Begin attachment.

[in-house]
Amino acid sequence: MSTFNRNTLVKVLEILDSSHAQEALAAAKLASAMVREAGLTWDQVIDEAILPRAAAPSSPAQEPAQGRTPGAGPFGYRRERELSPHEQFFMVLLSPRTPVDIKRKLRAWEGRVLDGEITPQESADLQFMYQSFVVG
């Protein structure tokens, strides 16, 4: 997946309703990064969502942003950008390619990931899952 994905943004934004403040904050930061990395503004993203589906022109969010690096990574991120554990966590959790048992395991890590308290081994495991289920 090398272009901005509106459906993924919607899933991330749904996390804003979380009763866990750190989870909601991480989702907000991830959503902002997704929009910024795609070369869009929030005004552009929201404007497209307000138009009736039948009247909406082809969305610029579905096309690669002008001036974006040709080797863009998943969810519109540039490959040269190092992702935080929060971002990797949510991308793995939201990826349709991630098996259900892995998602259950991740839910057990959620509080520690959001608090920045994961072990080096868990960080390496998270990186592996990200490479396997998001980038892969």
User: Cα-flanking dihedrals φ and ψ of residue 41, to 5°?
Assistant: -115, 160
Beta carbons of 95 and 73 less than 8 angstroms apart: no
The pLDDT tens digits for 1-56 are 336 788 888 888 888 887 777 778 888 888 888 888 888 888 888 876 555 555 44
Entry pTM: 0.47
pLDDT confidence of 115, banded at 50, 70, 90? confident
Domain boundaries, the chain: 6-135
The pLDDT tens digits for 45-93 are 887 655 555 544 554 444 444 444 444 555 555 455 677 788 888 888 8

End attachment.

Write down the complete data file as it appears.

[in-house]
Amino acid sequence: MSTFNRNTLVKVLEILDSSHAQEALAAAKLASAMVREAGLTWDQVIDEAILPRAAAPSSPAQEPAQGRTPGAGPFGYRRERELSPHEQFFMVLLSPRTPVDIKRKLRAWEGRVLDGEITPQESADLQFMYQSFVVG
């Protein structure tokens, strides 16, 4: 997946309703990064969502942003950008390619990931899952 994905943004934004403040904050930061990395503004993203589906022109969010690096990574991120554990966590959790048992395991890590308290081994495991289920 090398272009901005509106459906993924919607899933991330749904996390804003979380009763866990750190989870909601991480989702907000991830959503902002997704929009910024795609070369869009929030005004552009929201404007497209307000138009009736039948009247909406082809969305610029579905096309690669002008001036974006040709080797863009998943969810519109540039490959040269190092992702935080929060971002990797949510991308793995939201990826349709991630098996259900892995998602259950991740839910057990959620509080520690959001608090920045994961072990080096868990960080390496998270990186592996990200490479396997998001980038892969």
User: Cα-flanking dihedrals φ and ψ of residue 41, to 5°?
Assistant: -115, 160
Beta carbons of 95 and 73 less than 8 angstroms apart: no
The pLDDT tens digits for 1-56 are 336 788 888 888 888 887 777 778 888 888 888 888 888 888 888 876 555 555 44
Entry pTM: 0.47
pLDDT confidence of 115, banded at 50, 70, 90? confident
Domain boundaries, the chain: 6-135
The pLDDT tens digits for 45-93 are 887 655 555 544 554 444 444 444 444 555 555 455 677 788 888 888 8